While I think externalizing services like this is generally a great idea, exercise caution. Move bounded contexts out first and don’t forget that when you move to an external service, you add a set of latencies in serialization, deserialization, and additional network traffic. Ensure that you both measure and account for this.
- Connections are hidden so the functionality provided by your DAO actors must be complete (no arbitrary SQL). You can get around this by building an actor that takes closures or something along those lines as transaction blocks. See Querolous for this sort of idea but I think this is missing the point in the context of this particular discussion.
- Transactions that span multiple aggregate roots are essentially impossible in any traditional sense (those that are handled entirely inside the database), as they also are in most honest distributed system designs. People like Pat Helland and Peter Bailis amongst many others are doing very interesting work in this area (apologies to the many deserving people I’ve left out here, too many to name).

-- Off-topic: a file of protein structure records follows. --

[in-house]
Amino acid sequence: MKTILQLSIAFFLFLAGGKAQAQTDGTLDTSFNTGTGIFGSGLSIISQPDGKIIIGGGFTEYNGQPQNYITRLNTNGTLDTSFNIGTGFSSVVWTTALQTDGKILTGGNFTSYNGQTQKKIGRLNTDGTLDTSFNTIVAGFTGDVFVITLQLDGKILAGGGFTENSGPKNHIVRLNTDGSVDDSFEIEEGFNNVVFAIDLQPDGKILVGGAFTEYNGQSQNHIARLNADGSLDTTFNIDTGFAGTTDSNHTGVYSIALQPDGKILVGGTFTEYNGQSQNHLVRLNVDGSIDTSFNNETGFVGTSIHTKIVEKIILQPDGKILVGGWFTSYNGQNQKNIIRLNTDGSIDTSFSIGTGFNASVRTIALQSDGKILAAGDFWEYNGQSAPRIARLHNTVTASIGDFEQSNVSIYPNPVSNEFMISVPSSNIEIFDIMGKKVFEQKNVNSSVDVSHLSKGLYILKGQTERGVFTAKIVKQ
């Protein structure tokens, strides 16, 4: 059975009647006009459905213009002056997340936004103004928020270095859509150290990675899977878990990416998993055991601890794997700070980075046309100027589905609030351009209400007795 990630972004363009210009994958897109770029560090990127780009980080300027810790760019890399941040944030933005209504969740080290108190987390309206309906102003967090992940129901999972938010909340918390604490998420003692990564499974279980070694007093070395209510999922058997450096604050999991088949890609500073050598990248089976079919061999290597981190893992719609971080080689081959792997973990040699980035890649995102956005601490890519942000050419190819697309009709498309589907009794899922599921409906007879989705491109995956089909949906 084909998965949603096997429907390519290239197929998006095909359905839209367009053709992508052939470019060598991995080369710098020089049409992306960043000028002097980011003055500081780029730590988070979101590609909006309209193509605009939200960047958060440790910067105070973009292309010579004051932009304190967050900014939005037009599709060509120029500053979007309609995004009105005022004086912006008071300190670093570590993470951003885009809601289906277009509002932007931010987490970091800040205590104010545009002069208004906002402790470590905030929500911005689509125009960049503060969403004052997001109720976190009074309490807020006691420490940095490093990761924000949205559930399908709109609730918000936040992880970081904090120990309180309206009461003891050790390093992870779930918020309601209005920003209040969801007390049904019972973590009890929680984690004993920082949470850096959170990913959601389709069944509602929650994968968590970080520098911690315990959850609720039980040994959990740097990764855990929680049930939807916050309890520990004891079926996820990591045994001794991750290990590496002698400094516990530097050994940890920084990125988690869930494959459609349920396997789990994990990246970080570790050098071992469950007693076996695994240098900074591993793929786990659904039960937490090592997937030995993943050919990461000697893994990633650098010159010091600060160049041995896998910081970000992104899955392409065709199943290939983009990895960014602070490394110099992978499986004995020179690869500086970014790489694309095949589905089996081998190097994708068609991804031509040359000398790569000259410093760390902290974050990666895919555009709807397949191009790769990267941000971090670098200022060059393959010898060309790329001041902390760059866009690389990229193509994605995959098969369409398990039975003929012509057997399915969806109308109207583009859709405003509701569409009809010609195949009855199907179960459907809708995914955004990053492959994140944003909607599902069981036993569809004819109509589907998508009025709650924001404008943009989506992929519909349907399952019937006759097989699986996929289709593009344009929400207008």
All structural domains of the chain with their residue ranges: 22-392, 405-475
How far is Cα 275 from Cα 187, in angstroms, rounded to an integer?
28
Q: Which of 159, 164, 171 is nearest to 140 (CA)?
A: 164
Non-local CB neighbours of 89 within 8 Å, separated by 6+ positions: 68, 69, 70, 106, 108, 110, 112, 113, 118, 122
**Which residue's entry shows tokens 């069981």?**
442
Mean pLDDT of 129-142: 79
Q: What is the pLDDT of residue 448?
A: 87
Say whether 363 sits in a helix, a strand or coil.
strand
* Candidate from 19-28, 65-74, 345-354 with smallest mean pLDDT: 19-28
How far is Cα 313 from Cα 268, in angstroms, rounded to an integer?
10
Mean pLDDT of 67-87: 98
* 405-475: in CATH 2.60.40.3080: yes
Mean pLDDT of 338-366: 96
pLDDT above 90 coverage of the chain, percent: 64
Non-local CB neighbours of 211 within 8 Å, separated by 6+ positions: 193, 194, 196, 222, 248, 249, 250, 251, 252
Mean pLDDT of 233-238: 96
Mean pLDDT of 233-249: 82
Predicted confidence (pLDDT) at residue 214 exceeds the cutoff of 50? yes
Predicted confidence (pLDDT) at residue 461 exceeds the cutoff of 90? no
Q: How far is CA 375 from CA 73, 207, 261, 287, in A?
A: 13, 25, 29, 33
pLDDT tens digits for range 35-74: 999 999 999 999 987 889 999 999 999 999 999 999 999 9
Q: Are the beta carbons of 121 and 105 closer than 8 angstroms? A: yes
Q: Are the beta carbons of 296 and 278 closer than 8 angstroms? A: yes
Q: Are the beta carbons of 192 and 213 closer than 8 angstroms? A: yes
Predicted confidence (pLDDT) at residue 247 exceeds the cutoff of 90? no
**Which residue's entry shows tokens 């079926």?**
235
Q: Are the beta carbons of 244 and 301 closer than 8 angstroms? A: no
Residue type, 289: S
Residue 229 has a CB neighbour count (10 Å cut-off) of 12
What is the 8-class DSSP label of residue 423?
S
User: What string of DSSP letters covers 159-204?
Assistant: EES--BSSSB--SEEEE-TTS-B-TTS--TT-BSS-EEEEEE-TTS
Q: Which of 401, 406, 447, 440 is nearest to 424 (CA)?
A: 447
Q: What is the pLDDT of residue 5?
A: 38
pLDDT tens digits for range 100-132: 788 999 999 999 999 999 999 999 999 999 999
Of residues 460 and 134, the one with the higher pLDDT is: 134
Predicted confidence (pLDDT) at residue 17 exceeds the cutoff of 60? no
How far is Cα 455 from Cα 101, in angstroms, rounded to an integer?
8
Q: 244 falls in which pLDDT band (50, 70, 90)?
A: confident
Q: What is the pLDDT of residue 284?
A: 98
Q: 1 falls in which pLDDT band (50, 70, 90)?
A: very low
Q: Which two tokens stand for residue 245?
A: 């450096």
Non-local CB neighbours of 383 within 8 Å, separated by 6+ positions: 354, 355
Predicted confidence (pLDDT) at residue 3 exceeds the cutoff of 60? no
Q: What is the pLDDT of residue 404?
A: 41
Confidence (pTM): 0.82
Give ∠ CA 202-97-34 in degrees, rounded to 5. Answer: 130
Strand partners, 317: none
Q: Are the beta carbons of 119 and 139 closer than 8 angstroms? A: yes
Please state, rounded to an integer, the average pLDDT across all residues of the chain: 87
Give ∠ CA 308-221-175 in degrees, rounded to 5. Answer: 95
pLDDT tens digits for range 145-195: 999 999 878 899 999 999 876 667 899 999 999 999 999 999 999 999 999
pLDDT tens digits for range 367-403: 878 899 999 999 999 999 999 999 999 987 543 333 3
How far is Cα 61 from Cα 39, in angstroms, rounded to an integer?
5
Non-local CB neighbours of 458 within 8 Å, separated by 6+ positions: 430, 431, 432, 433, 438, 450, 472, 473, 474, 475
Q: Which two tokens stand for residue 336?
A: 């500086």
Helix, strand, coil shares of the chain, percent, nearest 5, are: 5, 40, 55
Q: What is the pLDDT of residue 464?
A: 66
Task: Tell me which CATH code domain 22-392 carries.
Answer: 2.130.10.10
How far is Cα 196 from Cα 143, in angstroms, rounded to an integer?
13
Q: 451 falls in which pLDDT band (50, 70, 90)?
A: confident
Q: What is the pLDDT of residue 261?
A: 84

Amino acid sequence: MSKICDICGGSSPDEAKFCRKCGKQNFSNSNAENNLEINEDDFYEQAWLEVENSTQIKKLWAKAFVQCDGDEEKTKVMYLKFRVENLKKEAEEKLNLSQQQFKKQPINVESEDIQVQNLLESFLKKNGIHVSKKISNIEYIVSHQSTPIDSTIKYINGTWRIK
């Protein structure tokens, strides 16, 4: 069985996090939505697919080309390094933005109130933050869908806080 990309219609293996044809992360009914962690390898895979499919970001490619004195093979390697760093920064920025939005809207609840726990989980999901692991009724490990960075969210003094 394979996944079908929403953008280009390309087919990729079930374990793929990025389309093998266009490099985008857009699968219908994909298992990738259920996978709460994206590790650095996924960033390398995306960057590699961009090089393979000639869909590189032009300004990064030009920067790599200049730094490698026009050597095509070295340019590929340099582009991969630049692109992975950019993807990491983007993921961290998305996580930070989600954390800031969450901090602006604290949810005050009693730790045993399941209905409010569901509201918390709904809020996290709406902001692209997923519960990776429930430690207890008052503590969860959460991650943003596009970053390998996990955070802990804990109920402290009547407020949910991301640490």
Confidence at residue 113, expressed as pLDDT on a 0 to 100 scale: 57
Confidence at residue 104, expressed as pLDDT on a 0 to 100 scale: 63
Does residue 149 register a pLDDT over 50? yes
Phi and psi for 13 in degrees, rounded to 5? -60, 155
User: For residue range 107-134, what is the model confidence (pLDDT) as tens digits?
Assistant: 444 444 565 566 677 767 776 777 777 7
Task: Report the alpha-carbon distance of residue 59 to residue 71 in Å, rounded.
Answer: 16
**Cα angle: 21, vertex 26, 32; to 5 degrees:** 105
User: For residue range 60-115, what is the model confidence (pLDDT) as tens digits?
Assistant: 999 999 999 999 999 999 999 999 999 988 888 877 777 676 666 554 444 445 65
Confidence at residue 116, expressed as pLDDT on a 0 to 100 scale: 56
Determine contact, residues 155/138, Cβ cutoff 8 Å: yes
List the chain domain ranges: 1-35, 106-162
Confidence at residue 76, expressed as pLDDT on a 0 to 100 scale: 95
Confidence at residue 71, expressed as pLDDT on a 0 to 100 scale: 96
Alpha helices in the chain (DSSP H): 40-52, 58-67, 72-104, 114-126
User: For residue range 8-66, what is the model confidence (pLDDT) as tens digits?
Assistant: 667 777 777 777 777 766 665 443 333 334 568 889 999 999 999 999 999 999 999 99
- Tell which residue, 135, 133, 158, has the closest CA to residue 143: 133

- Timeouts are not guaranteed to trigger failure exactly when you want them to (it may take longer).
- The router + actor approach introduces aspects of queue growth as described above so there is an obvious need for back pressure and capacity planning. Circuit breakers help mitigate this but they’re not a silver bullet.
The Immediate Benefits
There are three particular benefits for any system, especially if done in the early stages of its life:
- APIs that are asynchronous, composable, and failure-centric.
- Easily configurable parallelism and limits.
- Comprehensible subcomponents (the most important benefit of service oriented architectures whether micro or otherwise).
At present I think the above strengths combined with the relative ease of partitioning a system into other more granular services later on (not to mention CQRS and event sourcing) make this a reasonable approach to designing a system. While I’m not 100% happy with the boilerplate feeling I get at times, the concrete isolation of the models into their initially internal services has definitely helped me already to keep things clean and understandable. Having said that, it is far from lost on me how much less code it takes to do the same thing in Erlang with the caveat that I have yet to see something comparable to futures in for-comprehensions there (please correct me if I’m missing something like this!). If you missed the two links above, my example project using the send-in-promises approach is available here.
Thanks to Saem and Ed for proof reading and pointing out where more clarity was necessary. Comments, criticism and general dicussion welcome in comments or on Twitter.